A significant amount of the used concrete volume is applied to slab structures where shear design is often determinative of the dimensioning. Since applying shear reinforcement to slabs is elaborate, structural engineers intend to omit shear reinforcement in in-situ concrete slabs in construction practice. The current shear design approach for components without shear reinforcement according to EC2 is semi-empirical and was calibrated using a database of shear tests on simply supported single-span beams under concentrated loads. Therefore, capacity increasing influences due to more realistic
multi-span structural systems with distributed instead of concentrated loads are currently not considered in shear design. Tests with different loading show considerable potential for increases in shear capacity in the area of internal supports of continuous slab systems (Fig., [1, 2]) which could be taken into account in future generations of standards.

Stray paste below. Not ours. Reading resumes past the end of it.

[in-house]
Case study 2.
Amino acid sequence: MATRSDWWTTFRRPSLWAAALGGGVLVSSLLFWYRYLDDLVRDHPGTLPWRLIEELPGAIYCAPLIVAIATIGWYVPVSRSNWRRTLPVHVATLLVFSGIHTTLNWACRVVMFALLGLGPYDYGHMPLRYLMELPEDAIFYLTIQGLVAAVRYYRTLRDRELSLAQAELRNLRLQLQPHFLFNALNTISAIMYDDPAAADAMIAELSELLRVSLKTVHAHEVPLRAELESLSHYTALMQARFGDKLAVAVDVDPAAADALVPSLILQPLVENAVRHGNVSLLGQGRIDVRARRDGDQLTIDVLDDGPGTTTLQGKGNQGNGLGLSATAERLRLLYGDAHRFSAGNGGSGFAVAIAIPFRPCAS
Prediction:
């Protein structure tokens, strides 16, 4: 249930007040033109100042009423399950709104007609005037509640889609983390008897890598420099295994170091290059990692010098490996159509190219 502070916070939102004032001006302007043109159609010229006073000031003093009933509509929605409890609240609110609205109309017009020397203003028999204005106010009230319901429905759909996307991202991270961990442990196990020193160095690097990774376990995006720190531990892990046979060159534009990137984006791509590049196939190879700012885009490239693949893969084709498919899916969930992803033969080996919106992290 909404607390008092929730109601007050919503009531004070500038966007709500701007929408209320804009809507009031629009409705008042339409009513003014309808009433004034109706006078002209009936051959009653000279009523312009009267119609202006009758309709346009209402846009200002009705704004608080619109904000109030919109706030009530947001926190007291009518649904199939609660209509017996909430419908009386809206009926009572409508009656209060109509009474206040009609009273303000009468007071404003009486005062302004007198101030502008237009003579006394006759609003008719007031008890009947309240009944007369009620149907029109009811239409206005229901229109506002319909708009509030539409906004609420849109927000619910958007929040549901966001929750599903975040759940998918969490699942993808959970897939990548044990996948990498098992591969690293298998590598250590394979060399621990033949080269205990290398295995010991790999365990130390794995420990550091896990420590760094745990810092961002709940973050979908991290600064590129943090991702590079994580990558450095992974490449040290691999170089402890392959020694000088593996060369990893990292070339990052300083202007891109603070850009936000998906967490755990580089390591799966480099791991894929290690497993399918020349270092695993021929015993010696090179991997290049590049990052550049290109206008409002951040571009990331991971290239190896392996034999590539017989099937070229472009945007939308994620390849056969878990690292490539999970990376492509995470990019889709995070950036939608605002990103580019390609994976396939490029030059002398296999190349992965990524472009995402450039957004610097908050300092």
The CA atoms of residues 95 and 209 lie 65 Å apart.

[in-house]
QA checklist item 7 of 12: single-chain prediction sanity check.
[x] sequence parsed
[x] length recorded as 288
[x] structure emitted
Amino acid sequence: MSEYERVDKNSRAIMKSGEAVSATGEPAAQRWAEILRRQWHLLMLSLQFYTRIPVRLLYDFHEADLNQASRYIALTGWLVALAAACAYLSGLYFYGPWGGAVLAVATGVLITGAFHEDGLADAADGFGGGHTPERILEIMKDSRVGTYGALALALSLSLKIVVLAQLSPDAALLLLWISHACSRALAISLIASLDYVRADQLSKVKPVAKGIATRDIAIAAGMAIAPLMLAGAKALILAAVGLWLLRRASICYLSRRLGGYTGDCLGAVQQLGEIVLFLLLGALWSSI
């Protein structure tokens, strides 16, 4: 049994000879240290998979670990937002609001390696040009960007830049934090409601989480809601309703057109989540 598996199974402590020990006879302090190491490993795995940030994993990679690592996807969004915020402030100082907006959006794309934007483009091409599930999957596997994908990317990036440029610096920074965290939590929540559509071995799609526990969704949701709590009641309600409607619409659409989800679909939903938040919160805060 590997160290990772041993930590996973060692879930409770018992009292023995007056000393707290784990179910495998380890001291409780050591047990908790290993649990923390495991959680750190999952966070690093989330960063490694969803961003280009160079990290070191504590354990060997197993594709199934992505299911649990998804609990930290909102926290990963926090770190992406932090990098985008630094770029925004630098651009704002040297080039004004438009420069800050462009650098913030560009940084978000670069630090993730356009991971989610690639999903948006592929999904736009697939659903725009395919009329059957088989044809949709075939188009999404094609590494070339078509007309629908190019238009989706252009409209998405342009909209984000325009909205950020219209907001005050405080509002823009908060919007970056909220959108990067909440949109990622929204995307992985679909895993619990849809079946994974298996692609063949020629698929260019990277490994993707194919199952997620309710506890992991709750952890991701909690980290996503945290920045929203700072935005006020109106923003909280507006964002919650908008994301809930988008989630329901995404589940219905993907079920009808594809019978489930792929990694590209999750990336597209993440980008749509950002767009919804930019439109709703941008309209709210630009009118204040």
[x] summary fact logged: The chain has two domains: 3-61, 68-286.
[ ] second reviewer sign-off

Additional tests will be carried out to check whether an arching effect occurring in continuous RC slab systems can be captured for structural analysis. This effect results from load-dependent Compressive Membrane Action and was already investigated in the past with regard to flexural and punching behavior of reinforced-concrete slabs, see e.g. [3, 4]. Considering this additional capacity-increasing influence in shear design of slabs could have a favorable effect due to a more accurate reflection of the slab’s load-bearing behavior, particularly when assessing existing structures.